Young Entrepreneur Has A Better Idea. Now What? Meredith Perry, 22, is the founder of uBeam, a startup centered around her invention — a wireless recharging system for laptops, smartphones and other devices. She's hiring, meeting with investors and dealing with companies interested in her innovation. But she faces crucial decisions, and the success of her startup is riding on them.
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Young Entrepreneur Has A Better Idea. Now What?

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Young Entrepreneur Has A Better Idea. Now What?

Young Entrepreneur Has A Better Idea. Now What?

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  • <iframe src="" width="100%" height="290" frameborder="0" scrolling="no" title="NPR embedded audio player">
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Now let's meet a young entrepreneur who's facing a different set of challenges. Meredith Perry turned 22 this month. The college grad has started a company around a technology she invented. Perry's company is called UBeam. That's spelled with the letter U. As NPR's Yuki Noguchi reports, UBeam is hiring and entertaining funding offers, but also dealing with pressure from the big guys.

YUKI NOGUCHI: It's a hot summer morning. Meredith Perry shows up to our meeting at a coffee shop dragging what looks like a giant tool chest behind her.

Ms. MEREDITH PERRY (UBeam): Well, the system itself probably weighs about like 10 pounds, but with the case, it's like 100.

NOGUCHI: Perry pulls out her invention: A transmitter that can recharge wireless devices using ultrasonic waves. It's like Wi-Fi, she says, except instead of delivering an Internet connection, her device transmits power over the air. I'll let her explain.

Ms. MEREDITH PERRY (Entrepreneur): So, what happens is, the ultrasound, which vibrates the air, vibrates what's called a piezoelectric transducer. And what happens is the ultrasound will vibrate the piezo crystals, and the crystals will move back and forth, and that will generate an electrical current.

NOGUCHI: Perry says the idea came to her when she went to class with a dead laptop and no power cord. She wondered, why can't I recharge without a cord?

Ms. PERRY: And it's 2011, and if we have quote-unquote "wireless devices," they should actually be wireless.

NOGUCHI: It's one of those ideas that seems too elegant and simple to be true. Perry is used to fielding skeptical questions. No, the waves don't cause cancer. Yes, she's filed for patents. And yes, it's been tried before but not using ultrasound.

Her set up consists of two toaster-size boxes, and it seems to work.

Ms. PERRY: And there it goes.

NOGUCHI: Wow. A volt meter registers charge. Perry's story is unusual. She just turned 22 and she's a woman starting a high-tech company, but she downplays her youth and gender.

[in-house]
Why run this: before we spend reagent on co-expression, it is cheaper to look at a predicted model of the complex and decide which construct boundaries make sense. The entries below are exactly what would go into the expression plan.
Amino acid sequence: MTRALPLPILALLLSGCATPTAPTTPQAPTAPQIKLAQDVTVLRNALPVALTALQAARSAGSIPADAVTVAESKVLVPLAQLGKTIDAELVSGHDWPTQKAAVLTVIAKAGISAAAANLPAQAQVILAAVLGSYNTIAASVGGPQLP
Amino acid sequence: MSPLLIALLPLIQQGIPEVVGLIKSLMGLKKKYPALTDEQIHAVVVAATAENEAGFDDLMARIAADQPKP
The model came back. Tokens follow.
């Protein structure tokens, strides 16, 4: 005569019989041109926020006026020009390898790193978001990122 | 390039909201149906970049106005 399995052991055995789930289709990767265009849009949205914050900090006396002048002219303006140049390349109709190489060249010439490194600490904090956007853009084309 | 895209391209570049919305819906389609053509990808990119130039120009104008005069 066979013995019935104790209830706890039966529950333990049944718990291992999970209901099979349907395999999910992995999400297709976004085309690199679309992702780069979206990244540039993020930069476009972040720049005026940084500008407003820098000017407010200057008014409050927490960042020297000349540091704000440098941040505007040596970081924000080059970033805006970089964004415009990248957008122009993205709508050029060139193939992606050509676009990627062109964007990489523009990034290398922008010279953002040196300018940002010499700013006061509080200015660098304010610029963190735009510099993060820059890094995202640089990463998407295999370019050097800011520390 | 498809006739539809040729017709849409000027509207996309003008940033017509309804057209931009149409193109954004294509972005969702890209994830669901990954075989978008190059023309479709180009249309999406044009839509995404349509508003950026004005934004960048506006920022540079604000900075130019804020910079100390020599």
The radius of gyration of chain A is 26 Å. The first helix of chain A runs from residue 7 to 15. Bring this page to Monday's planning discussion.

Perry seems to have always gone through life on fast forward. She was just in Houston running a zero-gravity experiment for NASA, where she was a student ambassador. She flew in a plane that went up and then down at very high velocity

Ms. PERRY: It's called the vomit comet for a reason.

NOGUCHI: Things at UBeam also happened swiftly. This past April, she won an invention competition at the University of Pennsylvania. Her idea caught the eye of Walt Mossberg, a technology columnist for the Wall Street Journal. He asked her to present within three weeks at All Things Digital, a conference he runs that's like Mecca for the tech industry.

UNIDENTIFIED MAN: So let's bring out UBeam.

NOGUCHI: Arthur Perry, her father, says as a child, Meredith wanted to invent things, like an umbrella you could use while biking. He recalls her at age eight reading a book by Louis Sachar.

Mr. ARTHUR PERRY: She loved it so much she somehow found out his phone number, called him up and actually spoke to him on the phone. At age eight, you know, that's Meredith. Not enough to read the book, she had to speak to the guy who wrote it.

NOGUCHI: Meredith Perry has no background in electrical engineering. She's self-taught by reading online, mostly Wikipedia.

In the business world, she's like a guppy navigating a shark tank. Fortune 500 companies already called to issue veiled threats, telling Perry she ought to license her technology to them.

Ms. PERRY: And they also know that you have zero money, and they have tons of money, so you'd lose in a lawsuit.

(Soundbite of laughter)

NOGUCHI: Perry often turns to a team of mentors from school and at other companies. They say she's a quick study and good at listening to advice. Still, it's a lot of responsibility on her young shoulders.

Ms. PERRY: I literally feel like I'm bipolar, like, every single day, because I'll go from like an extreme high, thinking like this is going to be a billion dollar company to like this is totally going to fail like half an hour later.

NOGUCHI: One huge decision weighing on Perry right now is where to take funding. She has an offer from a private equity firm but is meeting with other potential investors. She's also trying to hire three engineers and an experienced business partner.

Ms. PERRY: There are about eight billion decisions that you need to make daily. Like, I'm the janitor and I'm the CEO. And everything you can possibly think of from what, like, logo should I chose to who should I hire, to should I take money from this person to what lawyer?

NOGUCHI: Meredith Perry says she's determined to make UBeam succeed. But she also has four other business ideas she'd like to get to.

Yuki Noguchi, NPR News, Washington.

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